A group life policy is one that insures the lives of a group of individuals and pays benefits on each death. Multiple payments of death benefits can lead to unintended charges to tax on either the lives insured or the policyholder.
This is because a policy which can pay benefits on the death of more than one individual will not be a qualifying policy. Whilst the first death will give rise to a chargeable event, in the case of protection policies the policy is unlikely to have a substantial value immediately before death and so no chargeable event gain will arise. However, on deaths after the first, it is necessary to take into account any "relevant capital payments" under the policy. This will include previous payments made on death (but not disability). Consequently, on deaths after the first, an increasing chargeable event gain will arise even though the policy had no investment value.
The Government have now announced that from 9 April 2003
(i) there will be no tax charge on death benefits paid under group life protection policies so long as they meet certain conditions. It gives insurers and policyholders until 5 April 2004 to vary existing policies that do not meet all of the conditions in order to bring them within the exemption as from 9 April 2003.
(ii) all tax charges which arose before 9 April 2003 as a result of gains on group policies will be removed retrospectively.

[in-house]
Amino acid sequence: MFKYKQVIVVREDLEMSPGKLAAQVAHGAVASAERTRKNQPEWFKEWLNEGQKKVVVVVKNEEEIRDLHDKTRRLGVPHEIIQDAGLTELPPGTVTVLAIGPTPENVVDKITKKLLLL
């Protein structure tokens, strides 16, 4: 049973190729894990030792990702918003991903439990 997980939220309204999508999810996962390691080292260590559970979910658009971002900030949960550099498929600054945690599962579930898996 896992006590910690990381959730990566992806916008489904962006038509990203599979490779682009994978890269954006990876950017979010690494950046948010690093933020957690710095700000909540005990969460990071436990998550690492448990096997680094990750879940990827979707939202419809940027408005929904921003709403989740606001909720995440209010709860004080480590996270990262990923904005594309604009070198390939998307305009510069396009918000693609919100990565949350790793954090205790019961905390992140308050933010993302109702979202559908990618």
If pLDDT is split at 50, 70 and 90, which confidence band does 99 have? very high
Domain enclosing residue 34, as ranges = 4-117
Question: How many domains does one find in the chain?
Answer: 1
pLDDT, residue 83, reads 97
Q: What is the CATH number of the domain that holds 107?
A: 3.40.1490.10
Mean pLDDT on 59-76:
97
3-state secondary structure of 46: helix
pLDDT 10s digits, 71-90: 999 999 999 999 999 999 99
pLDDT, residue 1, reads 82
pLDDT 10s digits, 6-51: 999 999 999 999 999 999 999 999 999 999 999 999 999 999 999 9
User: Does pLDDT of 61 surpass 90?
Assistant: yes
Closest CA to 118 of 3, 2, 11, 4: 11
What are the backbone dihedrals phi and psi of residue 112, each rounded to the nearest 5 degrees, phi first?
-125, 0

The retrospective relief that this measure offers will apply to all group life policies whether or not they meet the conditions necessary for exemption in the future. This will wipe out the tax charge on all past gains. Apparently, insurers have reported very few, if any, such gains. Any person who has paid tax on a gain arising in connection with a benefit received under a group life policy may be entitled to a repayment of that tax. The Inland Revenue advice is that a person who considers that he or she has paid income tax should contact the tax office dealing with their tax affairs in the first instance.
This proposed revision will remove the tax charge that could arise on or after 9 April 2003 today when benefits are paid on second and subsequent deaths, provided that the policies in question meet certain conditions. One of the conditions is that the only benefits which may be paid under the policy are death benefits, so policies which have a surrender or maturity value do not fall within this measure. The conditions are necessary to prevent products with an investment content being used for avoidance.
Any group life policy in existence at 9 April 2003, which does not meet the conditions, may still benefit immediately from the new measure provided its terms are changed to meet all of the conditions by 5 April 2004. This will apply only if no benefits under the policy other than death or disability benefits are paid out from and including 9 April 2003. Then the policy will be treated as having met the conditions from 9 April 2003, ensuring that any death or disability benefits which are paid between 9 April 2003 and the date of change are not taxed.